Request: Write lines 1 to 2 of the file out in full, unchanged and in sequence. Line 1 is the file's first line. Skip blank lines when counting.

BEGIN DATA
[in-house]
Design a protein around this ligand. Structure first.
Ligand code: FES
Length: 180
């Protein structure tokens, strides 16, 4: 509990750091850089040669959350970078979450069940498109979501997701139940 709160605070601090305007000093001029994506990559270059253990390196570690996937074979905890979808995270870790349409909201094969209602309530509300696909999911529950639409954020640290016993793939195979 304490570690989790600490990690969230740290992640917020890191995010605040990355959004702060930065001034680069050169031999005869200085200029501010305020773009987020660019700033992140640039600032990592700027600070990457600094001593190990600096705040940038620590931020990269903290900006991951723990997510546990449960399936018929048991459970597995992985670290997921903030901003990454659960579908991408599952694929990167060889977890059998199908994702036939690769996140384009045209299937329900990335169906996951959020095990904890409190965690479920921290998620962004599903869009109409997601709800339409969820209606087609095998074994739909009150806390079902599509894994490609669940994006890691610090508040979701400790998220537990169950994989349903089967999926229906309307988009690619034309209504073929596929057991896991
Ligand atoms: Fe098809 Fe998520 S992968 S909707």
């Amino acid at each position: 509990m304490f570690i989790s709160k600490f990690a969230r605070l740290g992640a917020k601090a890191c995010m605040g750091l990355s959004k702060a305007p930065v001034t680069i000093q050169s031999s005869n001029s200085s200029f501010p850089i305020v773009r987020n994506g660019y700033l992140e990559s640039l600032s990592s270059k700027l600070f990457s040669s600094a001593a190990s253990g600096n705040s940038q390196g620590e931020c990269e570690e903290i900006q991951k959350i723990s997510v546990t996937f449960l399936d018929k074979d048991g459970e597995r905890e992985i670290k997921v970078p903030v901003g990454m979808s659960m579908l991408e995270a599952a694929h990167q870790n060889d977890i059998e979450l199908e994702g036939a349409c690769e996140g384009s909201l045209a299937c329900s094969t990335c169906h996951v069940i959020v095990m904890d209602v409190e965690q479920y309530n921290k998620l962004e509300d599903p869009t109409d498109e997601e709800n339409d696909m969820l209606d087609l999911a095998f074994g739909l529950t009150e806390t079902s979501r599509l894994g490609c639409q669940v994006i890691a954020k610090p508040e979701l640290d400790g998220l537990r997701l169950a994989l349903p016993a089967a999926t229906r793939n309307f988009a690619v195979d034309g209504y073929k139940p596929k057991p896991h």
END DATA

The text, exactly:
[in-house]
Design a protein around this ligand. Structure first.